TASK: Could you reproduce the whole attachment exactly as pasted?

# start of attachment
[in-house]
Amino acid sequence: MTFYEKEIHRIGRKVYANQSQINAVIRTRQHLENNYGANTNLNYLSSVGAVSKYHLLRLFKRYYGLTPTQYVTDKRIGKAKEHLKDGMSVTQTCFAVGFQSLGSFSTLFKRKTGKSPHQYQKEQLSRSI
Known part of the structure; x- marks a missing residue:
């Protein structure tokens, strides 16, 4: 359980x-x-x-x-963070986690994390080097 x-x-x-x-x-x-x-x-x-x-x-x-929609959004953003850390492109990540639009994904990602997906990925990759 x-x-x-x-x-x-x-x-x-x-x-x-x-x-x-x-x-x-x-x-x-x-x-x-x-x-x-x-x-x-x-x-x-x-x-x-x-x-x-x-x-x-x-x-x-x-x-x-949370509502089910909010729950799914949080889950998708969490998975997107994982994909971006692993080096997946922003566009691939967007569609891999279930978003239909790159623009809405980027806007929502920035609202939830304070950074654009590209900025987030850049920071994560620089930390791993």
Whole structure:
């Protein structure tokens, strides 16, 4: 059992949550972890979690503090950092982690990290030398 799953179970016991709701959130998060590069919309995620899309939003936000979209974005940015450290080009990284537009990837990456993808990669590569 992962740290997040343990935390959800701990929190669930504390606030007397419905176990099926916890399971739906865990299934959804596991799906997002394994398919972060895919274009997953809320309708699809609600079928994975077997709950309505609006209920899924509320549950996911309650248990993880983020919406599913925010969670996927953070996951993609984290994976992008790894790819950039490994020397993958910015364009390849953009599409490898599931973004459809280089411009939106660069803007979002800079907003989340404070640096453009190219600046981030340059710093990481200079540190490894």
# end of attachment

[in-house]
Amino acid sequence: MTFYEKEIHRIGRKVYANQSQINAVIRTRQHLENNYGANTNLNYLSSVGAVSKYHLLRLFKRYYGLTPTQYVTDKRIGKAKEHLKDGMSVTQTCFAVGFQSLGSFSTLFKRKTGKSPHQYQKEQLSRSI
Known part of the structure; x- marks a missing residue:
């Protein structure tokens, strides 16, 4: 359980x-x-x-x-963070986690994390080097 x-x-x-x-x-x-x-x-x-x-x-x-929609959004953003850390492109990540639009994904990602997906990925990759 x-x-x-x-x-x-x-x-x-x-x-x-x-x-x-x-x-x-x-x-x-x-x-x-x-x-x-x-x-x-x-x-x-x-x-x-x-x-x-x-x-x-x-x-x-x-x-x-949370509502089910909010729950799914949080889950998708969490998975997107994982994909971006692993080096997946922003566009691939967007569609891999279930978003239909790159623009809405980027806007929502920035609202939830304070950074654009590209900025987030850049920071994560620089930390791993």
Whole structure:
């Protein structure tokens, strides 16, 4: 059992949550972890979690503090950092982690990290030398 799953179970016991709701959130998060590069919309995620899309939003936000979209974005940015450290080009990284537009990837990456993808990669590569 992962740290997040343990935390959800701990929190669930504390606030007397419905176990099926916890399971739906865990299934959804596991799906997002394994398919972060895919274009997953809320309708699809609600079928994975077997709950309505609006209920899924509320549950996911309650248990993880983020919406599913925010969670996927953070996951993609984290994976992008790894790819950039490994020397993958910015364009390849953009599409490898599931973004459809280089411009939106660069803007979002800079907003989340404070640096453009190219600046981030340059710093990481200079540190490894």